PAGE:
beaumont vision pdx eyecare blog
August 11, 2018

UV Radiation and Your Eyes: Protecting Your Vision From the Sun

Don’t Forget About Your Eyes When It Comes to your Summer Sun Protection

summer sun eye protection

As we hurdle into summer, it’s important to think of our eyes before spending hours out in the sun. In the same way that you religiously wear sunscreen and sun hats in order to protect your skin from the sun’s harmful UV rays, you should protect your eyes, too.

Whenever you plan your summer vacations and sunny excursions, keep in mind that the sun can have a profound and dangerous effect on our eyes. Exposure to bright sunlight has been proven to cause cataracts and cancer in the eyes. UV radiation can damage the cornea and lens in addition to the surface of the eye.

Fortunately, there are many ways to protect the eyes from the sun so that we can still have fun in the sun all summer long. Check out these tips and tricks to make sure that your eyes are protected from the sun while you’re enjoying your time outdoors this summer. Wearing proper eye protection can save your eyes from the harmful damage caused by UV radiation.

Wear Sunglasses

Sunglasses are the best way to protect your eyes from the sun’s damaging rays. Be sure to wear shades that have full ultraviolet protection. Your sunglasses should block UVA and UVB rays. Remember to still wear sunglasses even if you wear UV blocking contact lenses.

The best way to fully protect your eyes is to wear wrap-around sunglasses that sit close to your face, so the sun’s rays can’t come in through the sides. Remember that dark lens sunglasses don’t necessarily provide better protection—you need UV blocking lenses.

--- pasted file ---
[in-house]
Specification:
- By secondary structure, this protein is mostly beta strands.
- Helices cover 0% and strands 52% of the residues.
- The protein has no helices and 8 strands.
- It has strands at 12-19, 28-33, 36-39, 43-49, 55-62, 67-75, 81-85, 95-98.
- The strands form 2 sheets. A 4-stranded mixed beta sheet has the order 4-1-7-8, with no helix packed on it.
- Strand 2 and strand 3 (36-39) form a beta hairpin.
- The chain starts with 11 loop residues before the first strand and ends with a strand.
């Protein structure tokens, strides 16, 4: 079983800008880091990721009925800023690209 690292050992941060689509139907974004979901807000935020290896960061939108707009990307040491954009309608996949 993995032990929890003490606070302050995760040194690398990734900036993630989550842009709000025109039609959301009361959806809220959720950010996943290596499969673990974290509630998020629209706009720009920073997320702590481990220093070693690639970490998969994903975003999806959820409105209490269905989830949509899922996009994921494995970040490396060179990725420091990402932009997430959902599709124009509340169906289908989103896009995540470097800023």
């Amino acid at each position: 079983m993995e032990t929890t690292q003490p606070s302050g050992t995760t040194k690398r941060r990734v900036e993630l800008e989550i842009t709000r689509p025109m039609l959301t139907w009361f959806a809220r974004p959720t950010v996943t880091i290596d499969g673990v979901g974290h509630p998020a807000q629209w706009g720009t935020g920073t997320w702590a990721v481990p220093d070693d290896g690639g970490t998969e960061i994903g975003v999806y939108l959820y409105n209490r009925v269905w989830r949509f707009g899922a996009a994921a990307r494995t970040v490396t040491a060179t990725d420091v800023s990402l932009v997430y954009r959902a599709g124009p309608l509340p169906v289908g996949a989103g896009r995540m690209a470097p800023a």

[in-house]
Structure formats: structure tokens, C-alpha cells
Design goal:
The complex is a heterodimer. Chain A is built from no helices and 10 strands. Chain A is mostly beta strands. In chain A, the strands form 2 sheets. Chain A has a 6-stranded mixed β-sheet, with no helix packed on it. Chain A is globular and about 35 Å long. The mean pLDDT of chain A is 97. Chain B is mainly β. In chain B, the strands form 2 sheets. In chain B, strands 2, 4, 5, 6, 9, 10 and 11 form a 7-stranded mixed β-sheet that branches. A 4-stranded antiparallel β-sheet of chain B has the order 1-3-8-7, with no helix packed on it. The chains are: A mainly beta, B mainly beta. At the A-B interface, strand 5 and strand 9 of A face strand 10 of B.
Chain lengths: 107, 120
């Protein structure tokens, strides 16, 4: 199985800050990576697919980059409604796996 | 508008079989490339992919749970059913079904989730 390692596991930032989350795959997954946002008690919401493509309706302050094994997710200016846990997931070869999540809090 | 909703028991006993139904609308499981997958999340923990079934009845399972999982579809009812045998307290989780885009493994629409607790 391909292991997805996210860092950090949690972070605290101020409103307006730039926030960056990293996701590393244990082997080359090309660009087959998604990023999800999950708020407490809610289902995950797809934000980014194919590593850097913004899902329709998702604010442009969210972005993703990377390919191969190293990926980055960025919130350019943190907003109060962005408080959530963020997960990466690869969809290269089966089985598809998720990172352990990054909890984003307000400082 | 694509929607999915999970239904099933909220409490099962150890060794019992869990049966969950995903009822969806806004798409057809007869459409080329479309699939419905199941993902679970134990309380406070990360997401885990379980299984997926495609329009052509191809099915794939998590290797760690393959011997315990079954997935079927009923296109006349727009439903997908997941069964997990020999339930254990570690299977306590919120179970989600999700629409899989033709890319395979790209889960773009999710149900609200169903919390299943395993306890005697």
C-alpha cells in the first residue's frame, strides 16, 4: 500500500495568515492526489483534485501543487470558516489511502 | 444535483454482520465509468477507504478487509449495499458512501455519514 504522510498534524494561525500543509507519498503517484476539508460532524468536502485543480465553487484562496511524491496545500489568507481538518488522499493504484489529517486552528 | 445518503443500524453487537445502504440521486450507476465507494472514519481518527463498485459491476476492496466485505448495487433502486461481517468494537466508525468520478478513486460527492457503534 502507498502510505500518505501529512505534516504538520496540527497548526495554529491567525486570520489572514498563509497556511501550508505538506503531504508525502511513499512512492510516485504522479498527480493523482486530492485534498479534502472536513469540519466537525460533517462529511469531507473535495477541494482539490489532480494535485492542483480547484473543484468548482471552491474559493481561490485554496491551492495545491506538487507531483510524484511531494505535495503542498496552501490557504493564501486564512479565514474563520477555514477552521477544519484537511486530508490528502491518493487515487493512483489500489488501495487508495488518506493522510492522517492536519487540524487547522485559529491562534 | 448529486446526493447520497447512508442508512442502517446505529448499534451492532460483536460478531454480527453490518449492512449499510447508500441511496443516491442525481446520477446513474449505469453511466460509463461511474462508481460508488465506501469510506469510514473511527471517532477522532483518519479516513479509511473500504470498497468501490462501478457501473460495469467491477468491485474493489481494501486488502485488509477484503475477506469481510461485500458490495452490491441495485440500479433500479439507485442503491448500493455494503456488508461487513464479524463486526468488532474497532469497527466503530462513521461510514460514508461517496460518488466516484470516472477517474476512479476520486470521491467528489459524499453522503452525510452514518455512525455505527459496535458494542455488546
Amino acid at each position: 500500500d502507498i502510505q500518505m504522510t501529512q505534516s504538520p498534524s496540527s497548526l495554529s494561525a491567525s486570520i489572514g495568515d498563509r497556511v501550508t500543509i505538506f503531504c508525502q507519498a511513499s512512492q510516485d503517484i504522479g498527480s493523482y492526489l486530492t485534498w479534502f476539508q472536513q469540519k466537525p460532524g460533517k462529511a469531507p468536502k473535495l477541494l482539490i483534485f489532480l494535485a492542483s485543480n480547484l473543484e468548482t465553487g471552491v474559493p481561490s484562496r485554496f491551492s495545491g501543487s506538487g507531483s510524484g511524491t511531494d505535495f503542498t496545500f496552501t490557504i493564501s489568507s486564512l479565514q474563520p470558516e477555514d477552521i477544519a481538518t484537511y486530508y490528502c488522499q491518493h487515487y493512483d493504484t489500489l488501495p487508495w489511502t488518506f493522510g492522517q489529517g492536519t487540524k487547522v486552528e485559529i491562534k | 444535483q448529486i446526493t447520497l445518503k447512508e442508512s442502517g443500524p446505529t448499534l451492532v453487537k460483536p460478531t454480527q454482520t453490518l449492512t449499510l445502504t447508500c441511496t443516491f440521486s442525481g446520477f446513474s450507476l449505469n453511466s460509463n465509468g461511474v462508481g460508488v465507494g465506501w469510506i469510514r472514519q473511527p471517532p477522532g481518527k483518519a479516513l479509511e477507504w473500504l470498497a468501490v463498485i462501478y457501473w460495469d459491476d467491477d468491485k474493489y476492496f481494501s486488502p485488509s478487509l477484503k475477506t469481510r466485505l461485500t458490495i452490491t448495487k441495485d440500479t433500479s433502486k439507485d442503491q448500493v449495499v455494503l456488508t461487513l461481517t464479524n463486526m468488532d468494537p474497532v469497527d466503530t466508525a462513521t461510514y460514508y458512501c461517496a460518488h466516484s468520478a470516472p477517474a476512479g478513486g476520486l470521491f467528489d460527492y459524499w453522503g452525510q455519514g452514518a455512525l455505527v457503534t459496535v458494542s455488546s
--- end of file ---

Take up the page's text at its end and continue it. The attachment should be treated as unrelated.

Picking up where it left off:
Sit in the Shade

Try not to sit in direct sunlight when the sun is at its strongest between 10am and 2pm. Give your eyes a break between these hours by sitting under a beach umbrella or spending some time indoors.

Staring directly at the sun can burn a hole through the retina, even if you’re wearing UV blocking sunglasses. Sun damage to the eyes is cumulative, meaning that light damage to the eyes as a child can cause greater damage later in life. Kids often spend more time outdoors during the summer than adults, so make sure their eyes are properly protected and consider calling them inside for a lunch or snack break when the sun is directly overhead.

Always Wear Sunscreen

While you may be used to lathering sunscreen on your arms and legs, don’t forget to also get your eyelids and under your eyes with at least SPF 30. If regular broad spectrum SPF stings your eyes, try a sensitive skin sunscreen.

Many makeups and foundations now have an SPF so you can add an extra layer of protection when you put your makeup on every morning. Look for eye creams and moisturizers with an SPF at your department store makeup counter or drug store so that you can protect parts of the face that may be more sensitive.

Protecting Your Eyes From UV Radiation Is an Investment in Your Eyesight

Protecting your eyes from harmful UV radiation now will help to ensure that your eyesight stays healthy in the future. Following these tips will allow you to protect your eyes while enjoying the sun this summer.

July 25, 2018

How Do You Really Know When It’s Time to Get Glasses?